In December 1979, the Soviet Special Forces stormed the presidential palace and killed Amin and his 100 or so personal guards. The Soviets installed Babrak Karmal as Amin's successor. Kamal's position as head of the Afghan government depended on Russian military support of 85,000 soldiers to keep him in power.

The Mujahdeen proved to be a formidable opponent. They were equipped with old rifles but had a knowledge of the mountains around Kabal and the weather conditions. The Russians resorted to using napalm, poison gas, and helicopter gun ships against the Mujahdeen — but they experienced exactly the same military scenario the Americans had experienced in Vietnam.

By 1982, the Mujahdeen controlled 75% of Afghanistan despite fighting the might of the world's second most powerful military power. Young conscript Russian soldiers were no match against men fueled by their religious belief. They love death more than their opponents love life — I'm not exaggerating here, it's in the Quran. To fundamentalist Muslims, martyrdom's reward in heaven provides more encouragement than the material life of this world.

Some factions were also fueled by support from America. Analogously in Syria, the opposition, whom America is now providing arms support in Syria against Assad, are the same as the Afghan Mujahideen — they have the same philosophy of how to resolve conflicts, that is, by force.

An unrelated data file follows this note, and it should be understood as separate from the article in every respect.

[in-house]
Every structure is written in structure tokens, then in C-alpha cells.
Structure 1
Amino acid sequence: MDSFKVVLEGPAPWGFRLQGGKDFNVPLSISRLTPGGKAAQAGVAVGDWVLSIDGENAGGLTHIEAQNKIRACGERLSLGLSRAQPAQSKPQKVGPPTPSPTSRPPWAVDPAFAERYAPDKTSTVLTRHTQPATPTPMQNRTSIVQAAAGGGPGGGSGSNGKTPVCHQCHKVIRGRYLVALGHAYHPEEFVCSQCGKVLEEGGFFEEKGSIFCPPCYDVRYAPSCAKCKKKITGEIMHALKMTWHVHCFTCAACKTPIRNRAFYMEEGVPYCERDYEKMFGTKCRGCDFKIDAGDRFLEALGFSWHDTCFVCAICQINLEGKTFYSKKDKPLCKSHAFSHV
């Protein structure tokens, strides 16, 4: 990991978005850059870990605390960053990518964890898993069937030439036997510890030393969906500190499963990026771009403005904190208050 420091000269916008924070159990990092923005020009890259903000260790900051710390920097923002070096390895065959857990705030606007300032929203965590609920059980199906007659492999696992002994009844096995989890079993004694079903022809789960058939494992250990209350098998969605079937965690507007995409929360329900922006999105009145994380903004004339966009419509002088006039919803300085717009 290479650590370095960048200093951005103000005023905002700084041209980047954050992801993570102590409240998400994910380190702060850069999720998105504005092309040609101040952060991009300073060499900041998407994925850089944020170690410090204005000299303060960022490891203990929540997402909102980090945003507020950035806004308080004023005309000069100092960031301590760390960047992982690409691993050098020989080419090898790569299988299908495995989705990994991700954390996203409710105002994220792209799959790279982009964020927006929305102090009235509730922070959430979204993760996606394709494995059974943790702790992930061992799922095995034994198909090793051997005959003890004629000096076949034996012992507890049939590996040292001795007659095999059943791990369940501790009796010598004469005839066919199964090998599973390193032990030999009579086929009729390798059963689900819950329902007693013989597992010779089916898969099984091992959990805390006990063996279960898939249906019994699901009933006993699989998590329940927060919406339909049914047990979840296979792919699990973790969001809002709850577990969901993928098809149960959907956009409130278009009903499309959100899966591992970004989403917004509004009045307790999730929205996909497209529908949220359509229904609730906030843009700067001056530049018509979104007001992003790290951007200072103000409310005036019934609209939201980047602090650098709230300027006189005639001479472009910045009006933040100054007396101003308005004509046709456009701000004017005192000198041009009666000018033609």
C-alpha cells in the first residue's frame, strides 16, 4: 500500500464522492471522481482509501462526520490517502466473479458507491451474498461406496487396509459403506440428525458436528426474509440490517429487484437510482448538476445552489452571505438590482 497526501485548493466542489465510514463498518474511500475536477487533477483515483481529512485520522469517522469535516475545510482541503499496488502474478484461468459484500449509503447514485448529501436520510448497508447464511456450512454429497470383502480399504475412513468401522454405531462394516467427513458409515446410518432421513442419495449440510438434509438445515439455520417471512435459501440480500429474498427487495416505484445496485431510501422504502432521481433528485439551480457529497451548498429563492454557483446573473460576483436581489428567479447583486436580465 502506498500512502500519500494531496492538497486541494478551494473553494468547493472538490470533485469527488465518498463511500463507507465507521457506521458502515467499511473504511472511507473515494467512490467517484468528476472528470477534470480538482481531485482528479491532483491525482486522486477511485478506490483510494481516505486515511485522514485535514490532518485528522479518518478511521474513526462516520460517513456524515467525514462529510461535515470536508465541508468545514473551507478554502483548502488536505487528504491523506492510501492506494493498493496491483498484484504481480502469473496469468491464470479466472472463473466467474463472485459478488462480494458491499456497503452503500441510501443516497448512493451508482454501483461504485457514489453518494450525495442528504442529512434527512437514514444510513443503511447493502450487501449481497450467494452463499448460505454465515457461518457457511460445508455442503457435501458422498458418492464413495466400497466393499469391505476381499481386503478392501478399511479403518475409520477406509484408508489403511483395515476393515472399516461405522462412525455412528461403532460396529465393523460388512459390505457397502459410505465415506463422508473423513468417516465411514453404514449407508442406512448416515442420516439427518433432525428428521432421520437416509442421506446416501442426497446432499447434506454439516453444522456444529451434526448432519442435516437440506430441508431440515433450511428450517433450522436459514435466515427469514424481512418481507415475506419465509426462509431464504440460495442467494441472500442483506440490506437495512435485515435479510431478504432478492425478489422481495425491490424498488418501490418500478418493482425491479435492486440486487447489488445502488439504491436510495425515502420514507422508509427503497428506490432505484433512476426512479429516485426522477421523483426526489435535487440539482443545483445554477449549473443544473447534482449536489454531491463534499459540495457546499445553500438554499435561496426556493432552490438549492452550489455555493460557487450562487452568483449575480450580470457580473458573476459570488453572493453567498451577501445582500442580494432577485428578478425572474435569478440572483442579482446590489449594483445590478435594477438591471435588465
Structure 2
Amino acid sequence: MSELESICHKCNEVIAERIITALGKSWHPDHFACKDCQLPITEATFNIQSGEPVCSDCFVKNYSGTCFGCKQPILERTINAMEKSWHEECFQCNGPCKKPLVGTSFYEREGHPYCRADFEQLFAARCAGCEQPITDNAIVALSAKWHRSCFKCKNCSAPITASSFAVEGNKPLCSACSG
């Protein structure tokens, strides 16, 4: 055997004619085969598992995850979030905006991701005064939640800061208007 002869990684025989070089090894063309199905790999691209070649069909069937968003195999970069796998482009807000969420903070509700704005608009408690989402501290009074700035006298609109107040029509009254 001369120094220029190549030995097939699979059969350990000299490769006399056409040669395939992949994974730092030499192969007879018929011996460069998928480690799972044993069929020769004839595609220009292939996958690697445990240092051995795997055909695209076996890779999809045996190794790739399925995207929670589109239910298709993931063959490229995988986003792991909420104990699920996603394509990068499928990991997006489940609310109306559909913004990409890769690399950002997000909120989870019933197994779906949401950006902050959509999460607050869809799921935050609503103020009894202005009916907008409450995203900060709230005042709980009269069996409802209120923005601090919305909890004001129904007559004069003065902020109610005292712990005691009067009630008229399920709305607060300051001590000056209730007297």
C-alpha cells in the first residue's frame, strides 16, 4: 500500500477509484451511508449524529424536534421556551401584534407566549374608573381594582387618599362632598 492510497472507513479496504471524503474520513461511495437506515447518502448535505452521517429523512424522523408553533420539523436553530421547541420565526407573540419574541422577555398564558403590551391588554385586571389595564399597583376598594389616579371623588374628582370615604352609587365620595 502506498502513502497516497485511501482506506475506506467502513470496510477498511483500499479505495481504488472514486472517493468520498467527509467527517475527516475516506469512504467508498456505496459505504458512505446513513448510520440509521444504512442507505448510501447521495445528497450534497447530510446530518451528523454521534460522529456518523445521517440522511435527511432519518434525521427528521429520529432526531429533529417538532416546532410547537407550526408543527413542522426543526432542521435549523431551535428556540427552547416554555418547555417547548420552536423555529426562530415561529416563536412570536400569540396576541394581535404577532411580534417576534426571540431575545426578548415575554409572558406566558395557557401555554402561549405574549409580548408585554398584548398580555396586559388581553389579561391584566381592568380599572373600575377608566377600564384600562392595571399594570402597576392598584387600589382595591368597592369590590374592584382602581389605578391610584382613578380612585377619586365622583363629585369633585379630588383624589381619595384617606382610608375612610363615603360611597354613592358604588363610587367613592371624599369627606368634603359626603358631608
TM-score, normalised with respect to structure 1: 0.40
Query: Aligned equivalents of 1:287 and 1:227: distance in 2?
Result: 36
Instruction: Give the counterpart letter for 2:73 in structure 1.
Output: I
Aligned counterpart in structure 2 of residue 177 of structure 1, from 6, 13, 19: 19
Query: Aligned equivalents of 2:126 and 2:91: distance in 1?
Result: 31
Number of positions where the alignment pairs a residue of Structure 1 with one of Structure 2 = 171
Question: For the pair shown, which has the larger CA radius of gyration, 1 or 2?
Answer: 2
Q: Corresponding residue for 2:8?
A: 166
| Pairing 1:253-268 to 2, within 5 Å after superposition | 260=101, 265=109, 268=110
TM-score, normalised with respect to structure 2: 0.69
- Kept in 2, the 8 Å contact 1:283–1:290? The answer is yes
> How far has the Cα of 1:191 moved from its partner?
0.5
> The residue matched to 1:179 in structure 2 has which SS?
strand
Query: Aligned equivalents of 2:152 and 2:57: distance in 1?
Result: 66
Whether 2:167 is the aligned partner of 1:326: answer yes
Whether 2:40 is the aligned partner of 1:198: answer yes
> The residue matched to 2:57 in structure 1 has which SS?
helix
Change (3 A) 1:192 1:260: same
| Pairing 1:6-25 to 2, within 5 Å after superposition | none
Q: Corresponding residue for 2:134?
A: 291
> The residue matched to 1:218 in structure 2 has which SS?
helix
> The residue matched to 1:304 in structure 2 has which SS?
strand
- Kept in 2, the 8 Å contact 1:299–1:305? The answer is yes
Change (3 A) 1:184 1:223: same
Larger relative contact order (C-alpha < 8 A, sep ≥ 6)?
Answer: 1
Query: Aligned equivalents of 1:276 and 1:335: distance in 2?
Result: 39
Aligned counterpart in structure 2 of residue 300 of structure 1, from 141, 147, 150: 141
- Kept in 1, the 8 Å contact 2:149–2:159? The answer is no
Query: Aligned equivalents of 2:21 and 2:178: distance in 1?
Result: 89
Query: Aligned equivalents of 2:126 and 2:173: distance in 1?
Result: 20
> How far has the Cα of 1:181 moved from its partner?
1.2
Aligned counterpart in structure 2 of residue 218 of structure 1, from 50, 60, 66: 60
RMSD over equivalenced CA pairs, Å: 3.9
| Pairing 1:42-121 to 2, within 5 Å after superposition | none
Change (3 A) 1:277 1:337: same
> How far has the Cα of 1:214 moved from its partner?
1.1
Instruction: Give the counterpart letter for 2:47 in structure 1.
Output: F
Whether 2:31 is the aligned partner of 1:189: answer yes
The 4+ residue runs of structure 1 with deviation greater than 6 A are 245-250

By the end of the 1980's, the Mujahdeen were at war with themselves as each group tried to consolidate power.

In 1989, when Gorbachev realized that Russia could not win the war, they withdrew. The Soviet-backed Afghan communist regime survived for three more years, after which the Afghan political parties established the Islamic State of Afghanistan and appointed an interim government.

Immediately civil war broke out between many militias, each backed by regional powers such as Pakistan, Iran, Saudi Arabia, India, and Uzbekistan, each seeking influence over the centrally-located Afghanistan, and each supported and in some cases controlled one of the militias. Analogously, in the Syrian civil war, Qatar has interests in Syria as it tries to get access to a pipeline through Syria bypassing the existing Saudi-controlled pipeline, and it too is funding the Al-Qaeda-connected rebels in Syria. Iran has interests in Syria because it wants an alliance with a Shite-friendly leadership.

The Taliban, one of the groups trying to consolidate power, with the backing of Pakistan's Army, took control and established the Islamic Emirate of Afghanistan. They were enforced by several thousand Al-Qaeda fighters from Arab countries and Central Asia.